In an attempt to reduce my need to hand water & weed, I decided to try weed barrier cloth for the first time. This plan worked beautifully for about the first month. After that, the cloths began to break down. Some areas broke down more quickly than others, while some actually did the job all the way until the end although they ended up very brittle. None of the cloths blocked 100% of the light, so weeds did manage to grow, but not like they would have if the soil was left uncovered. They didn't help with moisture retention as much as I'd hoped, but they did work well enough that I only had to water well & daily the initial first two weeks after transplanting. The types of weed barrier cloth I experimented with were all locally purchased. One was a black plastic type from Walmart (apologies, I do not remember the brand), the other two were more of a black type of fabric. They were from Lowe's. One of the Lowe's brand cloths was much larger. I used it to cover the compost pile over the summer & to cover a section where I had zucchini planted. It let in an incredible amount of light considering I doubled it up. The more narrow fabric cloth (Sta-Green Premium Landscape Fabric) did a better job but broke down the most quickly out of all three types. I'm currently experimenting with a different brand that I ordered off of amazon for garlic. It is a 12 year fabric by Dewitt. So far it is holding up.
The immature plants tend to host a generous amount of aphids with their happy ant farmers keeping them well cared for. To deal with the aphids, I use natural & organic neem oil. I rub the thick oil on the plants spindly stems & on the leaves, crushing aphids in the process. When I'm done I stink like neem, but it's worth it as it helps to keep the ants off the plants (bugs hate neem) & thereby the ants aren't farming the aphids for their sweet nectar. Once the plants are established I do not concern myself further with aphids. The plants do get them, but it isn't anything that has ever caused a problem with any of my cotton harvests so far.
Cotton is an annual plant that requires a long, warm growing season to mature properly. It needs full sun. In zones 8–10 it can be sown directly after the last frost. In zones 5–7, treat like tomatoes, start seed indoors and transplant out 4–8 week-old seedlings after last frost. Seed germinates in 7–21 days at 70°F. Plant 20–32" inches apart in rows 6' feet apart. Plants start flowering in mid-summer. Bolls take a few more months to mature; warm late summer weather is necessary for a good crop. Plants grow to 5-7' feet tall.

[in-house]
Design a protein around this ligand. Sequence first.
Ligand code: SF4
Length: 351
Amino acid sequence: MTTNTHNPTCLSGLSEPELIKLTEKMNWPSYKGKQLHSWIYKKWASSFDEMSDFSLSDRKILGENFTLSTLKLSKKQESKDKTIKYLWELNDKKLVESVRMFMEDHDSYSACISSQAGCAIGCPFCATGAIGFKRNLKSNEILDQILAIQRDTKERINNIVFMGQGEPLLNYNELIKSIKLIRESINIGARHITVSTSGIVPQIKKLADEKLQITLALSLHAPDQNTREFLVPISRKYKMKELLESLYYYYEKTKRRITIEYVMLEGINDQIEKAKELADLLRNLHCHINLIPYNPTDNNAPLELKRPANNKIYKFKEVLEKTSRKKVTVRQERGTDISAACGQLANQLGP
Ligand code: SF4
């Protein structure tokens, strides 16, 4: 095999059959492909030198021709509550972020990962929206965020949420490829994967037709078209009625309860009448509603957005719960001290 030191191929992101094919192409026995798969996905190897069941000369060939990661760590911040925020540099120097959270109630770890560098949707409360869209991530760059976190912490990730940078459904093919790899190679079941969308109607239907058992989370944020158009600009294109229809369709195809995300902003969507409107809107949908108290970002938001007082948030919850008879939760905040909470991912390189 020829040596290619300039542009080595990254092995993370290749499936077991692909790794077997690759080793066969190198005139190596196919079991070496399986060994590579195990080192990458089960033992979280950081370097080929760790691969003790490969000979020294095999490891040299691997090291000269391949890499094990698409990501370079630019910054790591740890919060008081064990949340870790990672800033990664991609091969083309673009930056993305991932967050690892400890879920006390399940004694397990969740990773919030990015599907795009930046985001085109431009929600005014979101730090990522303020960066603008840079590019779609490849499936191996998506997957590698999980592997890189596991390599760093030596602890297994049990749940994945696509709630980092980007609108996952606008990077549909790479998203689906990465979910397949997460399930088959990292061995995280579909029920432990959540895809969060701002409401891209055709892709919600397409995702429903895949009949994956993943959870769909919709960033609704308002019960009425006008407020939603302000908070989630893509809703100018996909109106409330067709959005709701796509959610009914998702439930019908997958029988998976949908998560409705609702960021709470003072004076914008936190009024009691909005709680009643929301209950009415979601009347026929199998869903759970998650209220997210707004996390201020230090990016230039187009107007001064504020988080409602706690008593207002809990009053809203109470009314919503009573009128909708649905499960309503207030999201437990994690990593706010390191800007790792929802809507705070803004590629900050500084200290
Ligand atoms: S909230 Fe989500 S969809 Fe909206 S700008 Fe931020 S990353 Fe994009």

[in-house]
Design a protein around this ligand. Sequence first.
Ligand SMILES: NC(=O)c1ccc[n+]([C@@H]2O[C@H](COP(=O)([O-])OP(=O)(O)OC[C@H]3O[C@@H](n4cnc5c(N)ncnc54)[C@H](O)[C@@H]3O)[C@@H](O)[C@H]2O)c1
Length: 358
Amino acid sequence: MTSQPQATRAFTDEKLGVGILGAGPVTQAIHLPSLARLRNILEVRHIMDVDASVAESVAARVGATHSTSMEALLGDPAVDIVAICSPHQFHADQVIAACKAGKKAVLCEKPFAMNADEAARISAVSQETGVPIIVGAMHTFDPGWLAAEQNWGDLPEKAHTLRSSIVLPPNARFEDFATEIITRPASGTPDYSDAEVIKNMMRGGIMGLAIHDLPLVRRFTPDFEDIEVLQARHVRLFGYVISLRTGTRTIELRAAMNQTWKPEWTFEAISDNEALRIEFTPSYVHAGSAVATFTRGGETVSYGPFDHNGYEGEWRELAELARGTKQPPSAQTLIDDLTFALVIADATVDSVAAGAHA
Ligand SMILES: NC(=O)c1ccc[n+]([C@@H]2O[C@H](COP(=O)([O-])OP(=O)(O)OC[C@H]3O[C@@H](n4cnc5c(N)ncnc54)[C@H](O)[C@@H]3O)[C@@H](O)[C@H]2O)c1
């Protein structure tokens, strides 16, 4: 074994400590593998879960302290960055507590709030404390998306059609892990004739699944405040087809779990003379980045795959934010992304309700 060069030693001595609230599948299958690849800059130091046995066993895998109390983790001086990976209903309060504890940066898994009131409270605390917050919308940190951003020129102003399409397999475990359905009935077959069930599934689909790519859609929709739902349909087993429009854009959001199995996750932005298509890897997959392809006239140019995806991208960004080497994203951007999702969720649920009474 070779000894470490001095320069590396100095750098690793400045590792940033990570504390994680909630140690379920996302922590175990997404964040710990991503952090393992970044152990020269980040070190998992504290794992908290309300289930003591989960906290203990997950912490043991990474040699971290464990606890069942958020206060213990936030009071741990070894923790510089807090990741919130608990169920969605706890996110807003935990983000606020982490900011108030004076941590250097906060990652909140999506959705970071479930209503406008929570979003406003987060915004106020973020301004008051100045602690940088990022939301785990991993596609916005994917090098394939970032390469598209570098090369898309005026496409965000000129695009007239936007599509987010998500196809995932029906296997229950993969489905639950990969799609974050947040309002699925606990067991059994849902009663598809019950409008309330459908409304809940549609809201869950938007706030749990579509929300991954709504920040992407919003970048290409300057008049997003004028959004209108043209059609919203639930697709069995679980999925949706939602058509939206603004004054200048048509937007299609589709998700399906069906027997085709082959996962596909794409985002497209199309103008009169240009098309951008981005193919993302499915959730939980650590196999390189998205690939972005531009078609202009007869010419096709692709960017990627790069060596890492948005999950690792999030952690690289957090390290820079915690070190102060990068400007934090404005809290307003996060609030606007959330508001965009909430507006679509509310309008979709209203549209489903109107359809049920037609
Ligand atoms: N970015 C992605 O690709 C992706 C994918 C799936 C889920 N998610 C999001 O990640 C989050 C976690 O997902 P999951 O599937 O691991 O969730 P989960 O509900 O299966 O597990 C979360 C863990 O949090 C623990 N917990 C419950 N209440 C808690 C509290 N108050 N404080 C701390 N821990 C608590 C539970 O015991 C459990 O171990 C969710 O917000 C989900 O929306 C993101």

Direct Sowing: Sow seed in a light, well drained, slightly acid to neutral soil. Supply soil generously with compost or other organic matter, especially in clay. Sow no deeper than 2 - 4 times the seed diameter. Do not sow in waterlogged soil or heavy clay.
Transplanting: Use a good quality sterile seed starting mix. Sow pots or flats 4 - 8 weeks before transplanting. When several leaves have developed, harden off the seedlings by placing them outdoors in direct sunlight for no more than an hour. Gradually increase the outdoor exposure over a period of several days. Transplant to the garden after the last frost.
Harvest: Wait for bolls to split open before harvesting.
Seed Savers: Isolate varieties by 1/8 mile for home use, or 1/4 to 1/2 mile or greater for pure seed.
Aldicarb, parathion, and methamidopho, three of the most acutely hazardous insecticides to human health as determined by the World Health Organization, rank in the top ten most commonly used in cotton production.
All but one of the remaining seven most commonly used are classified as moderately to highly hazardous.
Aldicarb, conventional cotton's second best selling insecticide and most acutely poisonous to humans, can kill a man with just one drop absorbed through the skin, yet it is still used in 25 countries and the US, where 16 states have reported it in their groundwater." - Organic Trade Association
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